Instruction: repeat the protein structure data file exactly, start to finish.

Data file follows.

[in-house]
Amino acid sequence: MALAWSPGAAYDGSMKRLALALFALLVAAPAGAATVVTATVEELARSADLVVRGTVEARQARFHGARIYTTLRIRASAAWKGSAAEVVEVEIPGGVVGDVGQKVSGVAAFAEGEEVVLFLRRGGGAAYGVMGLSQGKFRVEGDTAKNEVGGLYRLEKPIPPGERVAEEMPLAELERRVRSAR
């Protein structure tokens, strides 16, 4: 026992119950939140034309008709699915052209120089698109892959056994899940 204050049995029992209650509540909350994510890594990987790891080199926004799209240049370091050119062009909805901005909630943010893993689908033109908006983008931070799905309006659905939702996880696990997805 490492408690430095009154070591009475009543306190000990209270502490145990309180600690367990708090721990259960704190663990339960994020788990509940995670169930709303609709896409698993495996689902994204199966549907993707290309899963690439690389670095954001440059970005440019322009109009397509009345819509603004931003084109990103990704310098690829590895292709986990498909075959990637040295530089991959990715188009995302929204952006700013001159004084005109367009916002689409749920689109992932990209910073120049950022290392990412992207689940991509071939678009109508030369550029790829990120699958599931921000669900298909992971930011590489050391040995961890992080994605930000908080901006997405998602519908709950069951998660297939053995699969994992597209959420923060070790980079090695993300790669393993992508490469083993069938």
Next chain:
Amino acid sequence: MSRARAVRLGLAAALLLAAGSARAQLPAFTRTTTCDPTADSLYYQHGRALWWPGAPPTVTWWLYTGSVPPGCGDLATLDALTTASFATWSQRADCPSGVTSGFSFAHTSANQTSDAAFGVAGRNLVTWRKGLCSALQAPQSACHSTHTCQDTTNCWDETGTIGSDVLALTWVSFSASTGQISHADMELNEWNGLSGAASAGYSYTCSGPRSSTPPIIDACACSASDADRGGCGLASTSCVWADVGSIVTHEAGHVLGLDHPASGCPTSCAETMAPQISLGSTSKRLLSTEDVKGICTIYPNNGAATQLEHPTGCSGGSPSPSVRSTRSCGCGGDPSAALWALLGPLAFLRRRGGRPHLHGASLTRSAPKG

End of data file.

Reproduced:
[in-house]
Amino acid sequence: MALAWSPGAAYDGSMKRLALALFALLVAAPAGAATVVTATVEELARSADLVVRGTVEARQARFHGARIYTTLRIRASAAWKGSAAEVVEVEIPGGVVGDVGQKVSGVAAFAEGEEVVLFLRRGGGAAYGVMGLSQGKFRVEGDTAKNEVGGLYRLEKPIPPGERVAEEMPLAELERRVRSAR
């Protein structure tokens, strides 16, 4: 026992119950939140034309008709699915052209120089698109892959056994899940 204050049995029992209650509540909350994510890594990987790891080199926004799209240049370091050119062009909805901005909630943010893993689908033109908006983008931070799905309006659905939702996880696990997805 490492408690430095009154070591009475009543306190000990209270502490145990309180600690367990708090721990259960704190663990339960994020788990509940995670169930709303609709896409698993495996689902994204199966549907993707290309899963690439690389670095954001440059970005440019322009109009397509009345819509603004931003084109990103990704310098690829590895292709986990498909075959990637040295530089991959990715188009995302929204952006700013001159004084005109367009916002689409749920689109992932990209910073120049950022290392990412992207689940991509071939678009109508030369550029790829990120699958599931921000669900298909992971930011590489050391040995961890992080994605930000908080901006997405998602519908709950069951998660297939053995699969994992597209959420923060070790980079090695993300790669393993992508490469083993069938």
Next chain:
Amino acid sequence: MSRARAVRLGLAAALLLAAGSARAQLPAFTRTTTCDPTADSLYYQHGRALWWPGAPPTVTWWLYTGSVPPGCGDLATLDALTTASFATWSQRADCPSGVTSGFSFAHTSANQTSDAAFGVAGRNLVTWRKGLCSALQAPQSACHSTHTCQDTTNCWDETGTIGSDVLALTWVSFSASTGQISHADMELNEWNGLSGAASAGYSYTCSGPRSSTPPIIDACACSASDADRGGCGLASTSCVWADVGSIVTHEAGHVLGLDHPASGCPTSCAETMAPQISLGSTSKRLLSTEDVKGICTIYPNNGAATQLEHPTGCSGGSPSPSVRSTRSCGCGGDPSAALWALLGPLAFLRRRGGRPHLHGASLTRSAPKG